Ophcrack is a password-cracking tool designed specifically for recovering Microsoft Windows login credentials. Developed by Swiss company Objectif Sécurité, Ophcrack can crack most Windows passwords in a matter of minutes.
The best password managers can help you keep track of all your online passwords, but they’re little help if you’ve forgotten your Windows login. Therefore, Ophcrack and other password recovery tools can be useful for all PC users.
Ophcrack: Plans and pricing
Ophcrack is an open-source project. You can download and use it for free, and all the source code is available online.
Ophcrack deciphers passwords by using rainbow tables, which are like dictionary files. You must separately download at least one of these rainbow tables for Ophcrack to work. Until September 2019, the company charged users to download the largest rainbow tables, able to crack the most complex passwords. Now, these are also available for free.
In Windows, local user credentials are stored in LMHash or NTHash password hashes in what is known as the Security Account Manager (SAM). Essentially, hashes are obscured versions of your passwords. If your login password was ‘itproportal’, for example, it would be stored on a Windows Vista machine as ‘7c28442acd0bf217890362f2dcd1b6d2’.
You’ll typically need to use another program such as pwdump8 or samdump2 to extract these password hashes from your Windows installation. After you have the password hashes, you can use Ophcrack to decrypt them, revealing the original passwords.
You can download a pre-built application version of Ophcrack for Windows, or you can run Ophcrack on Linux or macOS by compiling it from the source code.
Alternatively, you can download a live CD version of Ophcrack, and burn it to a physical disc or put it on a USB drive. Then, you restart your computer and boot into the Ophcrack CD. This way, Ophcrack can decipher the passwords of a Windows PC you can’t log into at all.
The live CD process automatically searches your computer’s hard drives for a Windows installation, finds the LM or NTLM password hashes from the SAM, and attempts to decrypt them.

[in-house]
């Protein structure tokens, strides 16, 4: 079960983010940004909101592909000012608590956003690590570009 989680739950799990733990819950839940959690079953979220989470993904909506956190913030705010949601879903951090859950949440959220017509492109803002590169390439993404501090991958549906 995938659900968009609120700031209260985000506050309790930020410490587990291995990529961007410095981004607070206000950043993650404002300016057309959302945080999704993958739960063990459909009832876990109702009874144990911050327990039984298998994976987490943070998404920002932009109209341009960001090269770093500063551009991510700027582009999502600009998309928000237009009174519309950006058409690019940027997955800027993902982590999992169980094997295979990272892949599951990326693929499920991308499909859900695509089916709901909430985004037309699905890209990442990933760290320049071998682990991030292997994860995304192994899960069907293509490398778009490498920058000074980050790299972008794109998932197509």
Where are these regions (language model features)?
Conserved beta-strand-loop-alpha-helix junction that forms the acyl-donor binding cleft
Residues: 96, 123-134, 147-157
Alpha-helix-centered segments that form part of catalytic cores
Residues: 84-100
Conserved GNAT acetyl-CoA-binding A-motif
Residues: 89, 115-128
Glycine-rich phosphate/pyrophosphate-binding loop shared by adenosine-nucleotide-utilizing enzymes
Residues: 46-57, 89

Ophcrack uses rainbow tables to decrypt passwords. Without going into extensive detail here, rainbow tables are lists of password permutations that the program will run through to find a matching password. A small rainbow table will be fast, but won’t find complex passwords. A large rainbow table will be slower, but more likely to match longer, more complicated passwords.
Ophcrack offers 17 different rainbow tables for various scenarios. If you are attempting to crack a Windows XP password, you will need one of the six LMhash tables. The smallest rainbow table is 380MB in size, and covers all mixed alphanumeric passwords up to 14 characters. If your password contains special characters, you’ll also need another rainbow table that’s 8.7GB in size.
Operating systems from Windows Vista onward use NThash tables for encrypting passwords. Ophcrack has rainbow tables for NThash, which range from a 450MB dictionary-based table to a colossal 2TB table that includes all alphanumeric symbols in mixed case and all special characters.
Interface and in use
Using Ophcrack requires a certain level of technical knowledge. It’s not a password recovery tool you can send to a friend or family member as a quick fix for them forgetting their details, as it requires at least a little understanding of how Windows passwords work.
Besides downloading the software and optionally burning it to a live CD, you also need to download the correct rainbow tables for your requirements, and extract them into a folder. Then you need to get access to the password hashes Ophcrack will attempt to decrypt, which often requires downloading and running another program like pwdump8.
The live CD version of Ophcrack attempts to automate much of this process. If the password to be recovered is relatively simple, you should be able to pop in the live CD of Ophcrack and wait a few minutes for it to display the correct password. This doesn’t work when your password is more complex, though, as only a relatively small rainbow table is stored on the live CD.
There are a few other settings you can choose in the preferences menu. The most important choices here allow you to throttle Ophcrack’s use of your CPU and disk drives while it’s attempting to crack passwords.
Ophcrack has very limited support. You’re expected to learn how to use the software yourself. There is, however, an FAQ page, a how-to document, and an inactive forum to help you.
The how-to document is well written, but it assumes you already know how to use third-party tools like phdump or fgdump to dump the SAM of a Windows system, so you may need to do some additional research.
Kon-Boot is an alternative to Ophcrack that’s a little easier to use. Instead of recovering the Windows password, it bypasses this altogether so you can gain access to your PC. It’s a commercial product that costs $25 for a personal license or $75 for a commercial license.
PassFab 4WinKey is another alternative product that lets you reset your Windows password. Again, it’s easier to use than Ophcrack, if all you want to do is access a Windows computer you don’t know the password for. However, it’s a paid product, starting at $19.95.
Ophcrack has long been one of the most popular Windows login-cracking tools, and for good reason. Its rainbow table approach means you can use it to crack simple passwords exceedingly quickly, or complex passwords over several hours.
It’s not a simple tool to get started with, as you’ll need to perform some additional steps to get it working. But once you’ve got a handle on how it works, it’ll remain a useful tool for any time you need to recover a Microsoft Windows login password.